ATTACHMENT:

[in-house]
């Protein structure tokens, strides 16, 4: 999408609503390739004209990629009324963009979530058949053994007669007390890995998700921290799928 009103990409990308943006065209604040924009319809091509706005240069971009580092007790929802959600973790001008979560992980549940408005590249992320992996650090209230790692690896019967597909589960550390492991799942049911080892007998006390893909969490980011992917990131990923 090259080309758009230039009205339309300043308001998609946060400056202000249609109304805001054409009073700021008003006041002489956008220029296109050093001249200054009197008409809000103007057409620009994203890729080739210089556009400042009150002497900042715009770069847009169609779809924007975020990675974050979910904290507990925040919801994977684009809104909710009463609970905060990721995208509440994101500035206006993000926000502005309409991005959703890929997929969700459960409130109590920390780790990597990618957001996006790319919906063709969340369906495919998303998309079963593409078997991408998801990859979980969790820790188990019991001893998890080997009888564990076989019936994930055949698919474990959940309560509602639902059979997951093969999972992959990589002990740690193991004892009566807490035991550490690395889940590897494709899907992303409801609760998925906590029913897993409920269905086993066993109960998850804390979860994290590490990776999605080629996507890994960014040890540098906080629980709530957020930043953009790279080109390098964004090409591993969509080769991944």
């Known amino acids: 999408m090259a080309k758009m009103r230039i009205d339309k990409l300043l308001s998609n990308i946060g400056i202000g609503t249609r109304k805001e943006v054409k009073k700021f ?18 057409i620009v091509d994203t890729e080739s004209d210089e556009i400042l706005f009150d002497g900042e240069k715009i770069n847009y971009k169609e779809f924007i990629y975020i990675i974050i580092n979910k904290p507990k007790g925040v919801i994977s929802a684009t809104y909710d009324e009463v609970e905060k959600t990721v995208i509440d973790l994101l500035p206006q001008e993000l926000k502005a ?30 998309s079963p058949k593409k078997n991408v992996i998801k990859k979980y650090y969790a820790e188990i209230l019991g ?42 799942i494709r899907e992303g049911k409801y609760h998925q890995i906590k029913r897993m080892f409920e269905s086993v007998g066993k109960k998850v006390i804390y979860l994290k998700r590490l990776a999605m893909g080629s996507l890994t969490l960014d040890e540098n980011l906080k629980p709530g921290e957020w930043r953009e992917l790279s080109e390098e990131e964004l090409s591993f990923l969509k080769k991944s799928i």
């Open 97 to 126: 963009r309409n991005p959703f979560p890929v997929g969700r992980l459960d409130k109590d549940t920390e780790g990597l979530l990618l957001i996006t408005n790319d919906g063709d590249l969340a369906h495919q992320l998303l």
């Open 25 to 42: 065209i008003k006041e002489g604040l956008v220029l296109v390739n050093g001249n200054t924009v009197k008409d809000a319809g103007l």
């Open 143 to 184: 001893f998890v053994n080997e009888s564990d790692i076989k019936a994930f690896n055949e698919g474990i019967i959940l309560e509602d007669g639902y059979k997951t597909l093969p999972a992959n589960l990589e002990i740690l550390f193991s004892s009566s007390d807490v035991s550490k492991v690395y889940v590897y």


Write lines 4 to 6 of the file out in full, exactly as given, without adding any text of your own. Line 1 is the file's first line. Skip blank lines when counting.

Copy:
């Open 97 to 126: 963009r309409n991005p959703f979560p890929v997929g969700r992980l459960d409130k109590d549940t920390e780790g990597l979530l990618l957001i996006t408005n790319d919906g063709d590249l969340a369906h495919q992320l998303l």
């Open 25 to 42: 065209i008003k006041e002489g604040l956008v220029l296109v390739n050093g001249n200054t924009v009197k008409d809000a319809g103007l």
């Open 143 to 184: 001893f998890v053994n080997e009888s564990d790692i076989k019936a994930f690896n055949e698919g474990i019967i959940l309560e509602d007669g639902y059979k997951t597909l093969p999972a992959n589960l990589e002990i740690l550390f193991s004892s009566s007390d807490v035991s550490k492991v690395y889940v590897y």